Diabetes and Your Eyes

Diabetes increases the risk for multiple health problems, from cardiovascular disease to kidney damage to skin conditions. Another common – and often preventable – problem linked to diabetes is vision loss. November is Diabetes Eye Disease Month, a time to spotlight the most common eye disorders associated with diabetes and focus on ways to decrease your risk.

According to the Centers for Disease Control and Prevention’s “National Diabetes Statistics Report 2020,” which analyzed health data through 2018, 34.2 million Americans – just over 1 in 10 – have diabetes. In addition, 88 million American adults – approximately 1 in 3 – have prediabetes. Further, 7.3 million adults over 18 were unaware or did not report having diabetes.

Over time, diabetes can damage your eyes and cause poor vision, even blindness. It can lead to
diabetic eye disease, a group of eye problems that includes diabetic retinopathy, diabetic macular edema, cataracts and glaucoma.

The retina is the inner lining of the back of the eye. It senses light entering the eye and turns it into signals that your brain translates into images. Consistently high blood glucose levels associated with diabetes damages the small blood vessels in the eye, which can harm the retina and cause a disease called diabetic retinopathy.

In the early stage of diabetic retinopathy, called nonproliferative diabetic retinopathy, damaged blood vessels can weaken, swell, or leak into the retina. In the more serious stage, called proliferative diabetic retinopathy, some blood vessels close off and new blood vessels grow on the surface of the retina. These blood vessels are abnormal and can cause serious vision problems.

Diabetic macular edema involves fluid build-up on the center part of the retina, called the macula, which is responsible for the detailed, straight-ahead vision necessary for reading, driving and seeing faces. The built-up fluid makes the macula swell, blurring vision and destroying this sharp vision. Diabetic macular edema, which can cause permanent vision loss, typically develops in people who already have other signs of diabetic retinopathy.

The eye’s lens is a clear structure that sits behind the iris (the colored part of the eye) and helps focus light onto the retina. Natural lenses tend to become cloudy from protein deposits as people age. Cloudy lenses are called cataracts. People with diabetes are twice as likely to develop cataracts at a younger age than people without diabetes. That’s because, it is believed, high glucose levels cause protein deposits to build up on the lens.

Glaucoma is a group of diseases that cause damage to your eye’s optic nerve, which can lead to permanent vision loss. Glaucoma occurs when pressure builds up in your eyes. This pressure pinches the blood vessels that carry blood to the retina and optic nerve, causing gradual vision loss. Having diabetes doubles your chances of getting glaucoma.

With open-angle glaucoma, the most common type, pressure builds up inside your eye when fluid can’t drain effectively through the normal drainage channel, called the trabecular meshwork. This type of glaucoma can be treated with medication and eye drops that lower eye pressure, speed up drainage, and reduce the amount of fluid your eyes make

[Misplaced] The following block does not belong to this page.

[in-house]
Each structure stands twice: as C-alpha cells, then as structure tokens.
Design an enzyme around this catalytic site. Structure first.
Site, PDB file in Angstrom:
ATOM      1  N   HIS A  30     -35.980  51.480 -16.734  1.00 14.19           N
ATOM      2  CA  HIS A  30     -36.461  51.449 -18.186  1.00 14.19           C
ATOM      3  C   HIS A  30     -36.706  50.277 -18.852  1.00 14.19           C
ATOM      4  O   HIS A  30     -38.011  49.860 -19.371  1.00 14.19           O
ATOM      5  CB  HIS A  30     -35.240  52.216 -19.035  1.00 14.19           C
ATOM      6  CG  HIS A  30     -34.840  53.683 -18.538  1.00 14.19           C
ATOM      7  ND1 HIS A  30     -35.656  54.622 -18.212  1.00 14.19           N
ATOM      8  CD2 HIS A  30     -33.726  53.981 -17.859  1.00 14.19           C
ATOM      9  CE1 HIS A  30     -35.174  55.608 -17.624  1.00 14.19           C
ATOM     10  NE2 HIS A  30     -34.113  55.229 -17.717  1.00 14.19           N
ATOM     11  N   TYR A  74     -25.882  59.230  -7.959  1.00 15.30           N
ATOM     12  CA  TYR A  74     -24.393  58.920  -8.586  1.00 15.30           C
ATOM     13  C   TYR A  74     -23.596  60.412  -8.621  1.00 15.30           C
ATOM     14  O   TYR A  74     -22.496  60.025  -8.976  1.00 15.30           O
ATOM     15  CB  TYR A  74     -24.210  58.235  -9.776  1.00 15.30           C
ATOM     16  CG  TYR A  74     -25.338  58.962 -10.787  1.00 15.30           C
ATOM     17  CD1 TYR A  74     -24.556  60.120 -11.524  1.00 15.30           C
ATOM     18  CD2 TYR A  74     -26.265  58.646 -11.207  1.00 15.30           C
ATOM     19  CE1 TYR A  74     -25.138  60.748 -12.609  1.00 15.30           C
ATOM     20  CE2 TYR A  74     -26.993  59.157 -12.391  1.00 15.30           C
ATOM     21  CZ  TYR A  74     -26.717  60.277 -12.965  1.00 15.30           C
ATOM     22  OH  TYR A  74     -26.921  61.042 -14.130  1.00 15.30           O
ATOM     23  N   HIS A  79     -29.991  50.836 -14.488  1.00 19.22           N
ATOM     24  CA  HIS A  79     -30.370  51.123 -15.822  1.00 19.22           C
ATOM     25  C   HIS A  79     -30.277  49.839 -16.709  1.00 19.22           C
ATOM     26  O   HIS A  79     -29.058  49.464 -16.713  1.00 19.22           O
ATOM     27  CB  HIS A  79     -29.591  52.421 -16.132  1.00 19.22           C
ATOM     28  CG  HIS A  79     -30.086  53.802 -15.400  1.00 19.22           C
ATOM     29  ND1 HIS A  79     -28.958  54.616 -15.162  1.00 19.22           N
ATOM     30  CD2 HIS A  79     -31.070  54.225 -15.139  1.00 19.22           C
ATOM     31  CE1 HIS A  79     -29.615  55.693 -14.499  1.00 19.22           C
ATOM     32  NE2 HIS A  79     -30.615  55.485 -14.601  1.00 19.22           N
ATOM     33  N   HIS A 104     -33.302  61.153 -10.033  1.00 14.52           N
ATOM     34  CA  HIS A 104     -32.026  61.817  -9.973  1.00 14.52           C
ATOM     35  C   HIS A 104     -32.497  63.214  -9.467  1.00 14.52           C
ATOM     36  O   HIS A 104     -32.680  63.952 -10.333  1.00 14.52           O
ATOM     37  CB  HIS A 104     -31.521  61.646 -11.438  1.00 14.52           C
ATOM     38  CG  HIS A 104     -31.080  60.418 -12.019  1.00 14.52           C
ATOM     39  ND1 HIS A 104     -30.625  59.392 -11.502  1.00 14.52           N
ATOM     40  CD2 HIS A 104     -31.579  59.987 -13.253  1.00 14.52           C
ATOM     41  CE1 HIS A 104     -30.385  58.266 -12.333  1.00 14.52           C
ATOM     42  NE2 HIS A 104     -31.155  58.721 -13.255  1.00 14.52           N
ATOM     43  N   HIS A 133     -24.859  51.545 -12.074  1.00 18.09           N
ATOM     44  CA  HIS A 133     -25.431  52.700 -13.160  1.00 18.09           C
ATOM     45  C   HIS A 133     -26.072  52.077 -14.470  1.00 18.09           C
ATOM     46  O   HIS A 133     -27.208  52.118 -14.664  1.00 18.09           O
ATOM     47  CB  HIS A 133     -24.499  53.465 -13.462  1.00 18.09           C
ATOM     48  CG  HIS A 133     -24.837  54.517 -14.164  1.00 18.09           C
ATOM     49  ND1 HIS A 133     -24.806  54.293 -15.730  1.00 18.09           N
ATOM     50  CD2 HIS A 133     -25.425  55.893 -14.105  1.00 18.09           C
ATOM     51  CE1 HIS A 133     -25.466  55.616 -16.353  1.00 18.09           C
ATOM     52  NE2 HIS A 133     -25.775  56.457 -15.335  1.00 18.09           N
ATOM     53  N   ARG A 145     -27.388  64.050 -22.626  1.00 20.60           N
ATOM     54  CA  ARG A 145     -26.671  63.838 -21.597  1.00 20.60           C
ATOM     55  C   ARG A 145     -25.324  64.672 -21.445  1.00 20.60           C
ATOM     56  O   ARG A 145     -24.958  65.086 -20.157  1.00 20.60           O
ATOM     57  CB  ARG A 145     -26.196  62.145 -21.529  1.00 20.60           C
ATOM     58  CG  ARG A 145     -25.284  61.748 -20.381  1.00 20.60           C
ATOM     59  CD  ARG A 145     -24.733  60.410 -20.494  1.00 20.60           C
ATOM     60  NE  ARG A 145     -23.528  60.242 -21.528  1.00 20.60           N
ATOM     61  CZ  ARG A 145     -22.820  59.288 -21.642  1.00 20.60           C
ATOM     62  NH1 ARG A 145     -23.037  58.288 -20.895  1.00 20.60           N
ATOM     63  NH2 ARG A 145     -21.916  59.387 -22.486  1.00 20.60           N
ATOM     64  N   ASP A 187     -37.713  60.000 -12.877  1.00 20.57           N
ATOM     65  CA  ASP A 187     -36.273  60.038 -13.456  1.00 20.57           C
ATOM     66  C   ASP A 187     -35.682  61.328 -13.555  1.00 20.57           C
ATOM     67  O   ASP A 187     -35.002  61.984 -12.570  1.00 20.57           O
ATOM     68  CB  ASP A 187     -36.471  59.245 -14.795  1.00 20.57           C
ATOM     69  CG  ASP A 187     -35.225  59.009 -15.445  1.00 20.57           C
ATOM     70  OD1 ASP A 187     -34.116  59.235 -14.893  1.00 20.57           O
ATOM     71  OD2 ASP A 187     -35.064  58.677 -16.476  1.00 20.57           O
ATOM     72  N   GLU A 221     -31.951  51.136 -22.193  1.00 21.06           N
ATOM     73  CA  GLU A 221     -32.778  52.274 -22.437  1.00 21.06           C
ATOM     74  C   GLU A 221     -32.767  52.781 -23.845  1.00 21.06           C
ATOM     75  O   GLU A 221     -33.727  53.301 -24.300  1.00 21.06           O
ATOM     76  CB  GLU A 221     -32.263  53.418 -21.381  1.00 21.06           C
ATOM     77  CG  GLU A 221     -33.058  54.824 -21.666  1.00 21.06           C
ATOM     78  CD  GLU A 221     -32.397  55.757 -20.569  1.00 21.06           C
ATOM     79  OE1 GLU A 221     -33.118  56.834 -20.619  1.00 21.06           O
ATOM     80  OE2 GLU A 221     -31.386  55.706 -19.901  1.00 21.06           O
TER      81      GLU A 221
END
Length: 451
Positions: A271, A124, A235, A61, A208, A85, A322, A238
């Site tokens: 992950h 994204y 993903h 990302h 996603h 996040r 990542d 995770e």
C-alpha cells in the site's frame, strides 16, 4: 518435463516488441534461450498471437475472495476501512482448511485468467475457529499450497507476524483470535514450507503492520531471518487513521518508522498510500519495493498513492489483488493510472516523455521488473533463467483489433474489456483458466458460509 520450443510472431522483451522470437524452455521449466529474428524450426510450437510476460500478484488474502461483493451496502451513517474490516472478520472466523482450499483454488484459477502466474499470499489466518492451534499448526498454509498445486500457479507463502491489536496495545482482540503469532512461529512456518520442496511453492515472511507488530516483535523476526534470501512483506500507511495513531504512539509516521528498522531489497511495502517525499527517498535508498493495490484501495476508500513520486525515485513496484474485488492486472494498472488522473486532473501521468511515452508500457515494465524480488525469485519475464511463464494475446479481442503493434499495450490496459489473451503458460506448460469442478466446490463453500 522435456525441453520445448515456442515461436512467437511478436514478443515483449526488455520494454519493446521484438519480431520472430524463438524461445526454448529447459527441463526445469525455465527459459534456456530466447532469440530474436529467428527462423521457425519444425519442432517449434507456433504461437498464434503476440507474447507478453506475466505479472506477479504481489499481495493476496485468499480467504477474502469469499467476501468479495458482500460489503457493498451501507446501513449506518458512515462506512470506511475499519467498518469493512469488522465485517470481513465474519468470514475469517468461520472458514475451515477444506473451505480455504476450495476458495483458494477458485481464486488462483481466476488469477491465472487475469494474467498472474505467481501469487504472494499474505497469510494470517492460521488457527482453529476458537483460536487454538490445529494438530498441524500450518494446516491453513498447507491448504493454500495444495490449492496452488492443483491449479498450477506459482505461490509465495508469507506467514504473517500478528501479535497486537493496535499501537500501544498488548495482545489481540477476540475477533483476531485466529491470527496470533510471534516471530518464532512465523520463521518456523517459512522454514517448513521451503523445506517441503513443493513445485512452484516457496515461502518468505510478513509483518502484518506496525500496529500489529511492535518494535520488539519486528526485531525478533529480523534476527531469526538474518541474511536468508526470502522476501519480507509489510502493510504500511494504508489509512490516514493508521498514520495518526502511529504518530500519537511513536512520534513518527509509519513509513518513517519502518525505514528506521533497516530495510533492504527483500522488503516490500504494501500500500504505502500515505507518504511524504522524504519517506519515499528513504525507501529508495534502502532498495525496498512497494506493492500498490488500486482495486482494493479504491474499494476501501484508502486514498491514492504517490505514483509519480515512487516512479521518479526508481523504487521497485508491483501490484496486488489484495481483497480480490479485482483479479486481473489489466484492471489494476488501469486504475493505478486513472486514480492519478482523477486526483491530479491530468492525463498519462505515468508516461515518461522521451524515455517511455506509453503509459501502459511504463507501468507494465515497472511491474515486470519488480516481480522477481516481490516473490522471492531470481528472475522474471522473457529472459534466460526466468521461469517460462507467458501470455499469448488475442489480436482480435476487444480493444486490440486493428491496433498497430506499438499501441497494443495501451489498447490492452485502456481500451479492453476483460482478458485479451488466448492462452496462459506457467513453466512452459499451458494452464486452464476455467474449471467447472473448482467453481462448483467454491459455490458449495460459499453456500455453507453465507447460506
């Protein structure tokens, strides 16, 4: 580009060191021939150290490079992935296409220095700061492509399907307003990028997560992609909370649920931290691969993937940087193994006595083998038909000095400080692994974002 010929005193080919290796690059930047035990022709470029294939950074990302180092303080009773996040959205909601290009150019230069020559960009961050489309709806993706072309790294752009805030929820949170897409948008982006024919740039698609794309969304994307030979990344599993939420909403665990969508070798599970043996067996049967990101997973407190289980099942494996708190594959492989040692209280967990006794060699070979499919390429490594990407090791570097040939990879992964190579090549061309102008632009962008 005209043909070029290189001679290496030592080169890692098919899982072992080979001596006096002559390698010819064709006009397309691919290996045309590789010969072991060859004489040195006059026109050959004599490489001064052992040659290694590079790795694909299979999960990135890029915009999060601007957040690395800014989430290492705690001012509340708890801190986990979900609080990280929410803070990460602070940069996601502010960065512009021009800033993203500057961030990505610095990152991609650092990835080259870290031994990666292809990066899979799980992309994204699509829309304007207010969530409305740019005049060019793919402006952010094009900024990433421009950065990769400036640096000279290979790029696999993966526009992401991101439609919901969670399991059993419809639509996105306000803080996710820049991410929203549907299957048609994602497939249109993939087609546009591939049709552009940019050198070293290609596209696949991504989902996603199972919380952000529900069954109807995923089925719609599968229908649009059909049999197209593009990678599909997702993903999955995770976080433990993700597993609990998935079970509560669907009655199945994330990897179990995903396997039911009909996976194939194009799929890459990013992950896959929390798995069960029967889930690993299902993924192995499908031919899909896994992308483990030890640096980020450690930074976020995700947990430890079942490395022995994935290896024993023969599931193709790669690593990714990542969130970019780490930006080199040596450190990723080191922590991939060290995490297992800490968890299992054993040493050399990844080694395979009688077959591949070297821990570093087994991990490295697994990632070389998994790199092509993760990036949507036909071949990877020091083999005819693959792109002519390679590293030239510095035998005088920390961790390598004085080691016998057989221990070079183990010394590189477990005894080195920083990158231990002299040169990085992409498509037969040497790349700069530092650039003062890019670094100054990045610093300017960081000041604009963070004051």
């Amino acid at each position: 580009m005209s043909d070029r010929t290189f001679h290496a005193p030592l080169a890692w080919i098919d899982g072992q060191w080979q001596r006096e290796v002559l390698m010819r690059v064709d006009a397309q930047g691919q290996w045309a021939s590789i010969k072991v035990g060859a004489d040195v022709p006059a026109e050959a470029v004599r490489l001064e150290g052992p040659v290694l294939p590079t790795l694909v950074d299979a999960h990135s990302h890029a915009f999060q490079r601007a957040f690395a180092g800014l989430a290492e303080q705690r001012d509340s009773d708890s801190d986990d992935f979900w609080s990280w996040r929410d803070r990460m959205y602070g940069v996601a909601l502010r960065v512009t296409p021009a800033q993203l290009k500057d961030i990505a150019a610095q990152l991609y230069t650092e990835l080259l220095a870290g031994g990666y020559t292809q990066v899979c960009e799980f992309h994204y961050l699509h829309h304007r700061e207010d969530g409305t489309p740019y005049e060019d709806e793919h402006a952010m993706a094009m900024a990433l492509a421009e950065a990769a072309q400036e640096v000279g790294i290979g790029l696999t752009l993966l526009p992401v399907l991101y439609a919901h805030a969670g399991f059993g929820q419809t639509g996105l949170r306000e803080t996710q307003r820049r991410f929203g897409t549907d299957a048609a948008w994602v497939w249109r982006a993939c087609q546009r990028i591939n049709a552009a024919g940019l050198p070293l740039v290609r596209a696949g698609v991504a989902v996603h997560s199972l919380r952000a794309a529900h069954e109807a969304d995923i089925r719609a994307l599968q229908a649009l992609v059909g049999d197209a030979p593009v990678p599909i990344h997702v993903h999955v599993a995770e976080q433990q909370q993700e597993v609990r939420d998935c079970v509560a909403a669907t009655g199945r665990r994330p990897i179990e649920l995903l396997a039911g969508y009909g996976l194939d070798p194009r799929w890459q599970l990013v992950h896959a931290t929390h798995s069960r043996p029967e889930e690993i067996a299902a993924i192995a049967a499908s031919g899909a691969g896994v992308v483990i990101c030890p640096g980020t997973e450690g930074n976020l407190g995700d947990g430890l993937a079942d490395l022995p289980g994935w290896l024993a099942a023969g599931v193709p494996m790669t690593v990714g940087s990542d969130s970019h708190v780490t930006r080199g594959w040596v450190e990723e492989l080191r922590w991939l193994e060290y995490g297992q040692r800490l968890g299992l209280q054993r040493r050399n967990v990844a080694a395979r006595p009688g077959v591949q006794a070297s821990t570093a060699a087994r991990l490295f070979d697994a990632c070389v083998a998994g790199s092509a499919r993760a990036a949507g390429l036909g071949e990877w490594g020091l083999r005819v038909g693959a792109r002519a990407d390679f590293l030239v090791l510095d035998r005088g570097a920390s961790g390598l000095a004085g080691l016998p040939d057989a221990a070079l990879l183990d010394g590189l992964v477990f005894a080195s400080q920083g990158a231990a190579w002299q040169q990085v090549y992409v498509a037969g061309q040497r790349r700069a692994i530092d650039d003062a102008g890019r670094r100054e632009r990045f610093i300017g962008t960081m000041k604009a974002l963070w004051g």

People with diabetes are at risk for a condition called neovascular glaucoma, in which new blood vessels form on the eye’s iris. These blood vessels block the normal flow of fluid and raise eye pressure. Treatment for neovascular glaucoma may include use of a laser to reduce the number of blood vessels or anti-neovascular endothelial growth factor (anti-VEGF) injections to halt the growth of new blood vessels.

There are other eye conditions associated with diabetes including branch retinal vein occlusion (BRVO) and central retinal vein occlusion (CRVO). Arteries and veins are blood vessels that carry blood throughout the body. There is one main artery and one main vein supplying the retina.

When this vein becomes blocked, blood and fluid spills out into the retina and the macula can swell, which affects your sharp central vision. Over time, if blood circulation remains cut off, nerve cells in your eye can die and more vision can be lost.

When branches of the retinal vein become blocked, the resulting condition is called branch retinal vein occlusion (BRVO). When the main retinal vein becomes blocked, it is called a central retinal vein occlusion (CRVO).

Here’s the good news: You can help prevent all of these diabetes-related eye disorders by taking steps to manage your diabetes. To do that, you must control your blood glucose, blood pressure and cholesterol levels. Take good care of yourself through healthy eating, exercising regularly and taking medications as prescribed.

In addition, if you smoke, quit. There are many resources online and in the community to help you quit smoking. And don’t forget to get a complete, dilated eye exam once a year, so your eye care professional can detect early signs of diabetic eye disease. Be eye smart: Take steps to protect your vision.

Authors:

Patti Dipanfilo

About Patti Dipanfilo

Patti DiPanfilo, Staff Writer for Florida Health Care News, has been a health care writer and editor for close to 25 years. She is a graduate of Gannon University In Erie, Pa, and is experienced in both marketing and educational writing. She joined Florida Health Care News in 2013.

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